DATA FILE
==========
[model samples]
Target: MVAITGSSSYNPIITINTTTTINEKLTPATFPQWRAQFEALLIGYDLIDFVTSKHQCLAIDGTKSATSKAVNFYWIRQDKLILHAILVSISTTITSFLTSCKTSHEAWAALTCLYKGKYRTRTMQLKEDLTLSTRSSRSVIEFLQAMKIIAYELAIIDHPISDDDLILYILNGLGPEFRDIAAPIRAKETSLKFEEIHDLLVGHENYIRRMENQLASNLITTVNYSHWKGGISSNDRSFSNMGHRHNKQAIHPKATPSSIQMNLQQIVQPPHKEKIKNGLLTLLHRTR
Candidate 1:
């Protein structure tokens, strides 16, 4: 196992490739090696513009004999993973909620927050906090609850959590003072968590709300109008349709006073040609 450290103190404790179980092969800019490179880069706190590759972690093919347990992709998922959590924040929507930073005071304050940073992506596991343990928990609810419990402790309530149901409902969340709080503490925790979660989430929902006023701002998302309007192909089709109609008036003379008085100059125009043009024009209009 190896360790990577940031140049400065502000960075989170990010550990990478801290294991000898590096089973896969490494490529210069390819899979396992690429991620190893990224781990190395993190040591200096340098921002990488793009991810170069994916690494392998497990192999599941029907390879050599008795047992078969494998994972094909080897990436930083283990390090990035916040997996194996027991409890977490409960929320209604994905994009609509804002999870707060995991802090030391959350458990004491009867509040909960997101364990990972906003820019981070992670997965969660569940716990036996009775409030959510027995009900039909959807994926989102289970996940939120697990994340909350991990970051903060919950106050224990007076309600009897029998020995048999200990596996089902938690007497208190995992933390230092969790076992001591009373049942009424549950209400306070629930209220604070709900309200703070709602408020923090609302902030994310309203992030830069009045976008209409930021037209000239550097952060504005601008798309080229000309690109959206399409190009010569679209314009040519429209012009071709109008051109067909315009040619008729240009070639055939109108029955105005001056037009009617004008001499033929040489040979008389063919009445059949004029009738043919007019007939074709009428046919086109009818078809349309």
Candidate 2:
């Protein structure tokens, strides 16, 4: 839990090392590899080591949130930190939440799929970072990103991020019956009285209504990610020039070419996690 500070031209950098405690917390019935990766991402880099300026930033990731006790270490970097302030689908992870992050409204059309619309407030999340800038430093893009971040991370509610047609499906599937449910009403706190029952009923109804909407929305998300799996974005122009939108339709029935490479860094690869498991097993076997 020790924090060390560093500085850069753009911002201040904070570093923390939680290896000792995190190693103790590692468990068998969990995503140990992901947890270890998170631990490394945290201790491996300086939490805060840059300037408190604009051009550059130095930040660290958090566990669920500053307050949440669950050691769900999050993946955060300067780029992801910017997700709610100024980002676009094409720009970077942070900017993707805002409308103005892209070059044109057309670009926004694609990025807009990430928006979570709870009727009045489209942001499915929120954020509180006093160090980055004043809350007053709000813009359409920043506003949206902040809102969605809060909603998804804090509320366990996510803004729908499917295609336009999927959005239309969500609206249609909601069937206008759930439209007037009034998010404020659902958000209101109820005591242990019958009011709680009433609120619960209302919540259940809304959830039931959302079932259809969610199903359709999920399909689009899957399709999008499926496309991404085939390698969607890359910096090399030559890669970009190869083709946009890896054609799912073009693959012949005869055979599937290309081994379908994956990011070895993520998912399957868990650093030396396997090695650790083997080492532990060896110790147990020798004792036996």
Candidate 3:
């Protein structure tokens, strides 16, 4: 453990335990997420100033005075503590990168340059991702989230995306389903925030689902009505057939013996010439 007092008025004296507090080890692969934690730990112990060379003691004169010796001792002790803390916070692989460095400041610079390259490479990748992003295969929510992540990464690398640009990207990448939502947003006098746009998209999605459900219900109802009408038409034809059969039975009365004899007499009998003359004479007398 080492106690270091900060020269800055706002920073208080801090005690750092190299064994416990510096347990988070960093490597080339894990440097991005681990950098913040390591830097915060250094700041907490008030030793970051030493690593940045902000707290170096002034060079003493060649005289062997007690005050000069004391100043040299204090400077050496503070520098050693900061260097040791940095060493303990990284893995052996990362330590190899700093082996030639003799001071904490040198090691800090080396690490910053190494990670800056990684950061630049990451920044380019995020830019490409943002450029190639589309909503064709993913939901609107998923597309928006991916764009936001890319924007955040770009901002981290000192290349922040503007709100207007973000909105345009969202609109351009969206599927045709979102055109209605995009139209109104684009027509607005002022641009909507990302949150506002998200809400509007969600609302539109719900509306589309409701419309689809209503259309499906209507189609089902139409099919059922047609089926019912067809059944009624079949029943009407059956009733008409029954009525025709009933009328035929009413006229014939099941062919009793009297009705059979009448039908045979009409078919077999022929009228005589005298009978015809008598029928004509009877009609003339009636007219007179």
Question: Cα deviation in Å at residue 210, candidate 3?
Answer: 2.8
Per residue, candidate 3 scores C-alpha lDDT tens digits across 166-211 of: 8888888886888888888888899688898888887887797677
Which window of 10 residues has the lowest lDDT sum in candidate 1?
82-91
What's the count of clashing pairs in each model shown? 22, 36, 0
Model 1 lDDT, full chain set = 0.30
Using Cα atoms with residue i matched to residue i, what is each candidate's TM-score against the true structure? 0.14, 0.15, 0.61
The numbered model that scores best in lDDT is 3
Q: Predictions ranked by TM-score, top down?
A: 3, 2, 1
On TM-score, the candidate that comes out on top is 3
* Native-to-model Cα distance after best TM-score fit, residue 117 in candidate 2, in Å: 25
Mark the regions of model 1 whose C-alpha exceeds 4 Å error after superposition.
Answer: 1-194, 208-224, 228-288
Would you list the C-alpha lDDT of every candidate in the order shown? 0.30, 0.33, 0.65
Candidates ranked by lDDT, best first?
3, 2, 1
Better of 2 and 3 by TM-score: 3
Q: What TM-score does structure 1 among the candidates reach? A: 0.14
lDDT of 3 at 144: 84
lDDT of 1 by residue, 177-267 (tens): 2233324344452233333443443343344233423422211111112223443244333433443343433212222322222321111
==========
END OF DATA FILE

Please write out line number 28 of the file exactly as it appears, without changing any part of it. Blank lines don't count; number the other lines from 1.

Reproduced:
Q: What TM-score does structure 1 among the candidates reach? A: 0.14